Benton watches Ray, because how else would he catalogue Ray’s behavior into something he could understand? To observe is to change, though, Benton knows this. To observe is to change, to interact is to change, and as Benton is changed by Ray, Ray is changed by Benton. Perhaps only in minute ways, but to change is to change, and Ray may hate curling and declare it on his wrists whenever he remembers to, but he still watches it, and even gets excited sometimes, and even came with Benton to a bonspiel in Toronto. He complained the entire time, of course, but that is also part of the predictability of Ray: if he has a good time, he must then complain about it so everyone knows he’s miserable. If he’s unhappy, he keeps it quiet, gets silent – or loud – drinks too much coffee – or not enough – and sometimes moves his fingers as though he expects a cigarette to be between them.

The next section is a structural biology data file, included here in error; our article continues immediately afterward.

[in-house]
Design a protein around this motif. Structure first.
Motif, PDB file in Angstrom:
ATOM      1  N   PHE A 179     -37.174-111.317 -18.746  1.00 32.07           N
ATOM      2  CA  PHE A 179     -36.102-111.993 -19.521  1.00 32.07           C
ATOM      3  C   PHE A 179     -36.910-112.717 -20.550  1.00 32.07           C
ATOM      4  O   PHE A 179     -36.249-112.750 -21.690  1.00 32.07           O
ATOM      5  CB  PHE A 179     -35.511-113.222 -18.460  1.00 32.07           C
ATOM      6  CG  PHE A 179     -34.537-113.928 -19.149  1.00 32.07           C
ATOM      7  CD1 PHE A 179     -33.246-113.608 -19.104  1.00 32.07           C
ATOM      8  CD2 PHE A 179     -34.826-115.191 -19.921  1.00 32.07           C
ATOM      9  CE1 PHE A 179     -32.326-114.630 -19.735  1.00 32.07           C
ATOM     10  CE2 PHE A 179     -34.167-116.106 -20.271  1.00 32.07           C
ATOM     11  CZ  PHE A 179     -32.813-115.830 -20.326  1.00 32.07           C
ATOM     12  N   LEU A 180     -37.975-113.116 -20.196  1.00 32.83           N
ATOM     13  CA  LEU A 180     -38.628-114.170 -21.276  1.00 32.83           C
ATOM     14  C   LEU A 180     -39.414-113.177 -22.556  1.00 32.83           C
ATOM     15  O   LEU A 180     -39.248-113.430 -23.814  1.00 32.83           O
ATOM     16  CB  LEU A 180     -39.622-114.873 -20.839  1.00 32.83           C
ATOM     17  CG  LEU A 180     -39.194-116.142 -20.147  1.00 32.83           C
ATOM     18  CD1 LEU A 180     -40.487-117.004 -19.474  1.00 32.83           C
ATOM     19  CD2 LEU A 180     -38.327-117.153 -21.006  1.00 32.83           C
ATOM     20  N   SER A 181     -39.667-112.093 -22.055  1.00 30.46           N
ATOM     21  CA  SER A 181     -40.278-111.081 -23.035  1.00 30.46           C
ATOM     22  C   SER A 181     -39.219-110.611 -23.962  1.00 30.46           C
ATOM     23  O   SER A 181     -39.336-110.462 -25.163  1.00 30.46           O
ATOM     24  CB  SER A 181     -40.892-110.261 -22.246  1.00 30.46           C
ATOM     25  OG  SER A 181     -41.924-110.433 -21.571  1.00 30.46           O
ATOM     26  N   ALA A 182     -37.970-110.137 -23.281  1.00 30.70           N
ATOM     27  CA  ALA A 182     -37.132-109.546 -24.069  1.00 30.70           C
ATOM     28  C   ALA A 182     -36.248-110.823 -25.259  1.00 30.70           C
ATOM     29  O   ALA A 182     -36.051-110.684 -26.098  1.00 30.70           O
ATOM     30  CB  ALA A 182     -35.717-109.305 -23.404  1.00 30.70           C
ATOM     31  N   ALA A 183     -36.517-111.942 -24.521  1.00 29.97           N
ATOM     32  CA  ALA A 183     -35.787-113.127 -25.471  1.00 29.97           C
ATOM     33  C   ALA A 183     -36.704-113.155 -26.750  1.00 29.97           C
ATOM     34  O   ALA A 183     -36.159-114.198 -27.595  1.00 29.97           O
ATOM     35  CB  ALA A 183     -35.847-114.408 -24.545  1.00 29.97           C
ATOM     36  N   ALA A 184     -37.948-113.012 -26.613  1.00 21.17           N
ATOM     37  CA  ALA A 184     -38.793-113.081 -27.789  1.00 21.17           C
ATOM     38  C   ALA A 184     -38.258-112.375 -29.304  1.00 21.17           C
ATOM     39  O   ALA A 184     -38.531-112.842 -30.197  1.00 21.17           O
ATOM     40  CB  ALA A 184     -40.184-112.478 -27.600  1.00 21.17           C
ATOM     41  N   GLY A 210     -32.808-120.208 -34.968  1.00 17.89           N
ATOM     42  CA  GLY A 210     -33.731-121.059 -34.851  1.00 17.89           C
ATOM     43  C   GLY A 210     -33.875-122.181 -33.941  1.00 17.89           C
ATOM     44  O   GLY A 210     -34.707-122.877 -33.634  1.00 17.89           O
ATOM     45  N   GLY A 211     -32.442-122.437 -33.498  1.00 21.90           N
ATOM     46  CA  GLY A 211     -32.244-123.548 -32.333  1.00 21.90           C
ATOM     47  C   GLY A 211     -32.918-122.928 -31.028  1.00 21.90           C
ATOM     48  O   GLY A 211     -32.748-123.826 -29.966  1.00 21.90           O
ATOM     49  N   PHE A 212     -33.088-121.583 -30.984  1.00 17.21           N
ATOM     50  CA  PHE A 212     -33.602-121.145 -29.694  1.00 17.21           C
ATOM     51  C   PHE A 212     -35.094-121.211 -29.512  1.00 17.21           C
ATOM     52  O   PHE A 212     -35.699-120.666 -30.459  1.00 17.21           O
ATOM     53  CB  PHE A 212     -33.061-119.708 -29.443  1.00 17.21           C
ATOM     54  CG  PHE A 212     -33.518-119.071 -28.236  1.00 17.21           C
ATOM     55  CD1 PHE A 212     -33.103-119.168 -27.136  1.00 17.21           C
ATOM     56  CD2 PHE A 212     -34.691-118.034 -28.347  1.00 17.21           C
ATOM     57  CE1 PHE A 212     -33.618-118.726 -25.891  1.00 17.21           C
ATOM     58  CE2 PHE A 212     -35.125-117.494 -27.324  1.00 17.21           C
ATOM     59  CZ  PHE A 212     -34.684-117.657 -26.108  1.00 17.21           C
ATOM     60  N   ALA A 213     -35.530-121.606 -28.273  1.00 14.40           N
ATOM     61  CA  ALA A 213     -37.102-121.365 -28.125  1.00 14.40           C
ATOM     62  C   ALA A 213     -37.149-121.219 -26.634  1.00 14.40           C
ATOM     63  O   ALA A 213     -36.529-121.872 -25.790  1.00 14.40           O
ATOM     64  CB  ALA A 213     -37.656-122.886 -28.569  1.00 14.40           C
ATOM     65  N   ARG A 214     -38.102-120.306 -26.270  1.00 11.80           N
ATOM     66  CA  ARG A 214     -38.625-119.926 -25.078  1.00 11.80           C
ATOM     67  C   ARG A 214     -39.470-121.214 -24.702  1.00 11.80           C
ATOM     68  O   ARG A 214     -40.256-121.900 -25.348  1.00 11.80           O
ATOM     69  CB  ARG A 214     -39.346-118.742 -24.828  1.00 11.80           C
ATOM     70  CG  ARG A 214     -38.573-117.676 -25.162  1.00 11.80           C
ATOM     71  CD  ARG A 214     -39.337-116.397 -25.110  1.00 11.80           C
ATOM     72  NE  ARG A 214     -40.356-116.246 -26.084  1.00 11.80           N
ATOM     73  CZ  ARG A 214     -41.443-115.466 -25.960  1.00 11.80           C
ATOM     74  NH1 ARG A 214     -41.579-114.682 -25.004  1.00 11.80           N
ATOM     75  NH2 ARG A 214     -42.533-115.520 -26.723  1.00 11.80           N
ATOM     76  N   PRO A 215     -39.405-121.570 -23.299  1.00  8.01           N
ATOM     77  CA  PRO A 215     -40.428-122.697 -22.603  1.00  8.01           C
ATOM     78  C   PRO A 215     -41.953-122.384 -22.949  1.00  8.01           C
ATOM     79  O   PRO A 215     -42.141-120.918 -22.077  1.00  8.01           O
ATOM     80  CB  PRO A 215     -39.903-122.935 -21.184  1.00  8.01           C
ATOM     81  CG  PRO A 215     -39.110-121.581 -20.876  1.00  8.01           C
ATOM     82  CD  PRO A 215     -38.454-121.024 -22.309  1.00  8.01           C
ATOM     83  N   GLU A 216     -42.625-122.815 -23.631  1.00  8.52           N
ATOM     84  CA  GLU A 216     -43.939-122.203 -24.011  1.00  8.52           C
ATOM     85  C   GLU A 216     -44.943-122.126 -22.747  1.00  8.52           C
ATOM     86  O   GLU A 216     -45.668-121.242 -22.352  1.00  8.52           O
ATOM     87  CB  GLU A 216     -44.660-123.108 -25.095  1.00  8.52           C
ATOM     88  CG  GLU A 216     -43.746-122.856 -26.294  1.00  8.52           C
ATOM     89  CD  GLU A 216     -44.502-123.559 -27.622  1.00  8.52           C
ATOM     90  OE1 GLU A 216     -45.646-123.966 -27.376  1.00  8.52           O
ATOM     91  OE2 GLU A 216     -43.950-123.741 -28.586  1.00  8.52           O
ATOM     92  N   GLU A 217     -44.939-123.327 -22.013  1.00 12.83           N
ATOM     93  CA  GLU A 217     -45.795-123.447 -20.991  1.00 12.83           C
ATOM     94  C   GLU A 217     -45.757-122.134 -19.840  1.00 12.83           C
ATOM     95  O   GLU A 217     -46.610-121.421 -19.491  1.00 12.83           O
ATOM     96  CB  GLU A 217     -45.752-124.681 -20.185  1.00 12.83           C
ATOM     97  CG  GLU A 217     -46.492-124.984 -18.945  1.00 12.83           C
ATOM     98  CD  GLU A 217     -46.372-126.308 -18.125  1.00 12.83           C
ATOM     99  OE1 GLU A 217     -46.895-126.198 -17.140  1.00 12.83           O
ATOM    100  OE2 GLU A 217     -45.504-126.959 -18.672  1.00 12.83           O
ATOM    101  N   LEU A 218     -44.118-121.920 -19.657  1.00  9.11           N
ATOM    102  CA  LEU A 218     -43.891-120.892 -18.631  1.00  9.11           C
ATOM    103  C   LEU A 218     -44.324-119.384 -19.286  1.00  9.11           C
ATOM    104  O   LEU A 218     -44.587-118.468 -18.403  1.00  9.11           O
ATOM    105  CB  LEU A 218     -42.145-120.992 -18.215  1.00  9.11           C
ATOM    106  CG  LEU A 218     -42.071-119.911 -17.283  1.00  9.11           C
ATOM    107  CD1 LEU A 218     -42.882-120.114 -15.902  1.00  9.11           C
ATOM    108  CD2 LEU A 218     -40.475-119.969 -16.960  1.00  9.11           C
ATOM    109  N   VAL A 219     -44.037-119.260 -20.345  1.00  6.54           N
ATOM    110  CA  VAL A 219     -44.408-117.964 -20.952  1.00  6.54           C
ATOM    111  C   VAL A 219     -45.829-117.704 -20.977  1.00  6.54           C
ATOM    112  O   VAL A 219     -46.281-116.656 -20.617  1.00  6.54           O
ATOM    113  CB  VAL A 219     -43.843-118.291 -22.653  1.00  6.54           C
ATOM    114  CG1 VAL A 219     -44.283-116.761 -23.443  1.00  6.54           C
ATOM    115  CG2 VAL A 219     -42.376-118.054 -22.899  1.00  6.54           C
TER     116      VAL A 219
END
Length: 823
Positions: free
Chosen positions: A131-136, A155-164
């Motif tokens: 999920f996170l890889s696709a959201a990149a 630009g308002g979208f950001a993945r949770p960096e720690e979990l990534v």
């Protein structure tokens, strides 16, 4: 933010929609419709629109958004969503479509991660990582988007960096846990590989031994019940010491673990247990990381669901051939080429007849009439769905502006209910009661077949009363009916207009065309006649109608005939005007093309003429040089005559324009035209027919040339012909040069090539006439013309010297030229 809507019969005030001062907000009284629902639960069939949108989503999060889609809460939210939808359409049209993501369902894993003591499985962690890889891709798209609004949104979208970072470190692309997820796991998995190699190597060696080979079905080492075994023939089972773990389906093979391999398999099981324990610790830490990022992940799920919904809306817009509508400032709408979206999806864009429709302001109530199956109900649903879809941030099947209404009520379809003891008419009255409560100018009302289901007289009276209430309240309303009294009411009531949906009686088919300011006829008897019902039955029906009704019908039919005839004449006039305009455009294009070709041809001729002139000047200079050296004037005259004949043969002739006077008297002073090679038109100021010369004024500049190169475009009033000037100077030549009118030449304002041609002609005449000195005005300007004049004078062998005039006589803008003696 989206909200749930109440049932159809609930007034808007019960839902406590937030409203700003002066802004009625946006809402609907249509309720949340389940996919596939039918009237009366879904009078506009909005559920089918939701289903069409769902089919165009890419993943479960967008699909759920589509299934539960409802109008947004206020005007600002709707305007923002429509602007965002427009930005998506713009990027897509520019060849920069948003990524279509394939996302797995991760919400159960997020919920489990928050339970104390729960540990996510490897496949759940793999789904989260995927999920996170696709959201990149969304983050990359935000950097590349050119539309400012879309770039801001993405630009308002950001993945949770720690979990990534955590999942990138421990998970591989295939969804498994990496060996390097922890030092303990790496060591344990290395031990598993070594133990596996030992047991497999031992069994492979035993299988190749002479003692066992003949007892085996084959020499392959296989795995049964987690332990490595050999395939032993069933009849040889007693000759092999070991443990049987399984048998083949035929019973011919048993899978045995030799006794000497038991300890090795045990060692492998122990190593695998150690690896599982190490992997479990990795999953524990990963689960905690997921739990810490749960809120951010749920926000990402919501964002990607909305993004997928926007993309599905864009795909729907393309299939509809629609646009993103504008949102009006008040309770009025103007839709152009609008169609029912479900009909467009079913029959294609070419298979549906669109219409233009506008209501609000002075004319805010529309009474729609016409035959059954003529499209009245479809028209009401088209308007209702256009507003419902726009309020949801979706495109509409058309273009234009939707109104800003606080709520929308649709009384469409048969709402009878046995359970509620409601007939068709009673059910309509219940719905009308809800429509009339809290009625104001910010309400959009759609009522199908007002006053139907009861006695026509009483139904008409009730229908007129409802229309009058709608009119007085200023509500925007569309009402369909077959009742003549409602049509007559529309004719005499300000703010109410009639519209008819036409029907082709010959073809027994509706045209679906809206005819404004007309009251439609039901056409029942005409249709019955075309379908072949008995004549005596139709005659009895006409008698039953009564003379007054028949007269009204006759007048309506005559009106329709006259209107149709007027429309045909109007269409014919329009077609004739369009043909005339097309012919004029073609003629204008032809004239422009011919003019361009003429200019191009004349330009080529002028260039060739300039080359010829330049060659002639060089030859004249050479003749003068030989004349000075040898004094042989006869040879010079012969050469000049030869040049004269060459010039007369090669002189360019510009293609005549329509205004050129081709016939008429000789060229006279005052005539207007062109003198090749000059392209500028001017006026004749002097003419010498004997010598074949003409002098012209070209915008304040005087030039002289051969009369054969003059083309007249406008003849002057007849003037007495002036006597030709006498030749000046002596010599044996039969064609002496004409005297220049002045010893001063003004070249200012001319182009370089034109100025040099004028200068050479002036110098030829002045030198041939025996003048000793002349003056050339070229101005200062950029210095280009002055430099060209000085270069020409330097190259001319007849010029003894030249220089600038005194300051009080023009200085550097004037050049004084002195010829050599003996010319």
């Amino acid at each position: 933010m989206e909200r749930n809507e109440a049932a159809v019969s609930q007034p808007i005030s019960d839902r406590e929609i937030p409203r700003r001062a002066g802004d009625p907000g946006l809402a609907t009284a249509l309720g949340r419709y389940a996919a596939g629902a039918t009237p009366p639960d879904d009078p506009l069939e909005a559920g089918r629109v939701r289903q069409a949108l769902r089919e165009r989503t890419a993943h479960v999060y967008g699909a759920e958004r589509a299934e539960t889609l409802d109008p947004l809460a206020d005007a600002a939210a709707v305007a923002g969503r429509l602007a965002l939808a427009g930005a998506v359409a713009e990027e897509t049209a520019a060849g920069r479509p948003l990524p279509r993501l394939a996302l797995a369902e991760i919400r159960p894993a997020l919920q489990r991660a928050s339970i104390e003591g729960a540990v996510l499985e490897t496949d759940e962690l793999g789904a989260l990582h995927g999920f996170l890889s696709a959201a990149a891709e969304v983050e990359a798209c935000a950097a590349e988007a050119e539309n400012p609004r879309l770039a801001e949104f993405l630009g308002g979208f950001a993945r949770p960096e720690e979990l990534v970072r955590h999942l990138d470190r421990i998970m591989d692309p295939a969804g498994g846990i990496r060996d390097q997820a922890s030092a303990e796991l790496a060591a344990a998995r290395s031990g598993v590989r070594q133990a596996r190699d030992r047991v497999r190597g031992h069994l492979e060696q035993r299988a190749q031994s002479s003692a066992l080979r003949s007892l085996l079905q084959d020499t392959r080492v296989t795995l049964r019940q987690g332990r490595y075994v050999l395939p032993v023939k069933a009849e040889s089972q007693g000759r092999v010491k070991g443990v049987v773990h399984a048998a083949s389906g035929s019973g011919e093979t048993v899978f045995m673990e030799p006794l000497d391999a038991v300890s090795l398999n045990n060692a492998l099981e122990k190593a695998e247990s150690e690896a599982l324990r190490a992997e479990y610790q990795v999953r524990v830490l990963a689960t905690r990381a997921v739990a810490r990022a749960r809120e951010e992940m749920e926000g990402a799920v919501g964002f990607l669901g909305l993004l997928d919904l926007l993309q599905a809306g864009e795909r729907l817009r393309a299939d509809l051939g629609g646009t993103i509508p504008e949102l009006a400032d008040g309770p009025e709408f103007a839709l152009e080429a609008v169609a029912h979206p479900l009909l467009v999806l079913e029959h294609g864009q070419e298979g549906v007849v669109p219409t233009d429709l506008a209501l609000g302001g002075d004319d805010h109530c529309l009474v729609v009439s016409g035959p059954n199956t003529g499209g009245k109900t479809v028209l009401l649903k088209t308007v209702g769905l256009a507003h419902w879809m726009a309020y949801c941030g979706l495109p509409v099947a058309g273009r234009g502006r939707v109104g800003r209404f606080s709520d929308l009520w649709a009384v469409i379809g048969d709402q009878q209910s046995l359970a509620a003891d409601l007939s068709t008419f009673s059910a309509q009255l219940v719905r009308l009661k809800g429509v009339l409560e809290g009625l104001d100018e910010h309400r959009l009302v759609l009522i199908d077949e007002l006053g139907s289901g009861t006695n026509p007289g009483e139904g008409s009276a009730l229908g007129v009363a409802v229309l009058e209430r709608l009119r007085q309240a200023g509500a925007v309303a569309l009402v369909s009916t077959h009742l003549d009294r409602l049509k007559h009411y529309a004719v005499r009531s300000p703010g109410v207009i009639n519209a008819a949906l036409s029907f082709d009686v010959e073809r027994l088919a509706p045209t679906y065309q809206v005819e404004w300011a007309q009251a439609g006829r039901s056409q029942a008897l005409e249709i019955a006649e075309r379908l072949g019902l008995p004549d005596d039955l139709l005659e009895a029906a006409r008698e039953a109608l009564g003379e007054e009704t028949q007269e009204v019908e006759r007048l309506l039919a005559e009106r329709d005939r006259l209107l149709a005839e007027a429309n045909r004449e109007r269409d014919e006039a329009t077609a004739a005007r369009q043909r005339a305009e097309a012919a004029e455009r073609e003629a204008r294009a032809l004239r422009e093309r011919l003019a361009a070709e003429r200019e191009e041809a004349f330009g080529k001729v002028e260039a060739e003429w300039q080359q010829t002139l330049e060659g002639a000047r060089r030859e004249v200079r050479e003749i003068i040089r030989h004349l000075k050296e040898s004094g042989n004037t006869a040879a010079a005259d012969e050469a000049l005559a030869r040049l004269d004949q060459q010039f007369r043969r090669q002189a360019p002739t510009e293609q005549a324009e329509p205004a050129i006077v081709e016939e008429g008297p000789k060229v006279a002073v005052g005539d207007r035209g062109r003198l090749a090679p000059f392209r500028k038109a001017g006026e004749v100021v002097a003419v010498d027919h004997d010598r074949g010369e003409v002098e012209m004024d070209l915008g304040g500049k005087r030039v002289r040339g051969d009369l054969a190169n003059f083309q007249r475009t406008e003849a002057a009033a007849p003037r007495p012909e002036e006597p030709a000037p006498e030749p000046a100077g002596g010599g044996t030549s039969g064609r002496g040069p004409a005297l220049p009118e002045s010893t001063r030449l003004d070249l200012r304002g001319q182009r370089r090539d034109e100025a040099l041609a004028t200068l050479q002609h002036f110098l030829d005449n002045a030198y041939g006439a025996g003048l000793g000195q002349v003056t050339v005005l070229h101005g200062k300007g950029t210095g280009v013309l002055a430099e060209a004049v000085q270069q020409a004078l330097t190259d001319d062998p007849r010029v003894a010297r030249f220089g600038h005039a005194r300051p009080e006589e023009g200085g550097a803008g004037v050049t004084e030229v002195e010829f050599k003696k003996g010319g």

Ray has never, to Benton’s knowledge, colored in his fingernails with permanent marker before. It takes Benton’s mind to places he tries to stay away from – Ray in eyeliner, like in the movie about punk rock he dragged Benton to last week. Ray in black nail polish and ripped jeans. Ray in nothing at all. Benton is drawn to images of Ray in his head – is he drawn to Ray himself? Yes, of course, but in order to be answered, the question must first be asked.

He says Ray’s name several times, as he usually does, until Ray looks up at him. Then Benton holds out his hand, says, “May I?” before he can stop himself. No – he could have stopped himself. But for all that Ray is unpredictable and predictable at the same time, he must think Benton – he must think Fraser – entirely predictable. Boring, even. And perhaps he is.